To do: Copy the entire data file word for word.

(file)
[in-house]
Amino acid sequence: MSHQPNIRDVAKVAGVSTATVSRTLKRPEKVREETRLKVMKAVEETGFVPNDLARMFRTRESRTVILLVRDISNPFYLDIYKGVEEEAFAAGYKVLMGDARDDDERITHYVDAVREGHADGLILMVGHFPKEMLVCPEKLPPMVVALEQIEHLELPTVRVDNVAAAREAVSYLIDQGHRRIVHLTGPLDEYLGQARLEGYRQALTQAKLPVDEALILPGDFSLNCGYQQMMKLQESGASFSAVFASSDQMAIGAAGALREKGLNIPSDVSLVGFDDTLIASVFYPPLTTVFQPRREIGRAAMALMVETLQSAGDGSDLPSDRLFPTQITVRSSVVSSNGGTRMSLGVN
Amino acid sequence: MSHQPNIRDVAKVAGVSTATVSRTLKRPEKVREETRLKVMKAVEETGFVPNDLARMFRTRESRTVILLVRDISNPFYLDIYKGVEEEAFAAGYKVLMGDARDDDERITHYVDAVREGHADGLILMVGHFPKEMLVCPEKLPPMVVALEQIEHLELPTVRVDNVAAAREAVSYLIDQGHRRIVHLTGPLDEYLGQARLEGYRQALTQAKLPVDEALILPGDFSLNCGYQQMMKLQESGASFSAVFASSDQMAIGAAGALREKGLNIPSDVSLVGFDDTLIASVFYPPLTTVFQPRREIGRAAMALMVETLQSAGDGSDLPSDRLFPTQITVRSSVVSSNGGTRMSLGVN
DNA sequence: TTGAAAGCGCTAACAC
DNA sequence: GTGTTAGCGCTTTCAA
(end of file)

[in-house]
Amino acid sequence: MSHQPNIRDVAKVAGVSTATVSRTLKRPEKVREETRLKVMKAVEETGFVPNDLARMFRTRESRTVILLVRDISNPFYLDIYKGVEEEAFAAGYKVLMGDARDDDERITHYVDAVREGHADGLILMVGHFPKEMLVCPEKLPPMVVALEQIEHLELPTVRVDNVAAAREAVSYLIDQGHRRIVHLTGPLDEYLGQARLEGYRQALTQAKLPVDEALILPGDFSLNCGYQQMMKLQESGASFSAVFASSDQMAIGAAGALREKGLNIPSDVSLVGFDDTLIASVFYPPLTTVFQPRREIGRAAMALMVETLQSAGDGSDLPSDRLFPTQITVRSSVVSSNGGTRMSLGVN
Amino acid sequence: MSHQPNIRDVAKVAGVSTATVSRTLKRPEKVREETRLKVMKAVEETGFVPNDLARMFRTRESRTVILLVRDISNPFYLDIYKGVEEEAFAAGYKVLMGDARDDDERITHYVDAVREGHADGLILMVGHFPKEMLVCPEKLPPMVVALEQIEHLELPTVRVDNVAAAREAVSYLIDQGHRRIVHLTGPLDEYLGQARLEGYRQALTQAKLPVDEALILPGDFSLNCGYQQMMKLQESGASFSAVFASSDQMAIGAAGALREKGLNIPSDVSLVGFDDTLIASVFYPPLTTVFQPRREIGRAAMALMVETLQSAGDGSDLPSDRLFPTQITVRSSVVSSNGGTRMSLGVN
DNA sequence: TTGAAAGCGCTAACAC
DNA sequence: GTGTTAGCGCTTTCAA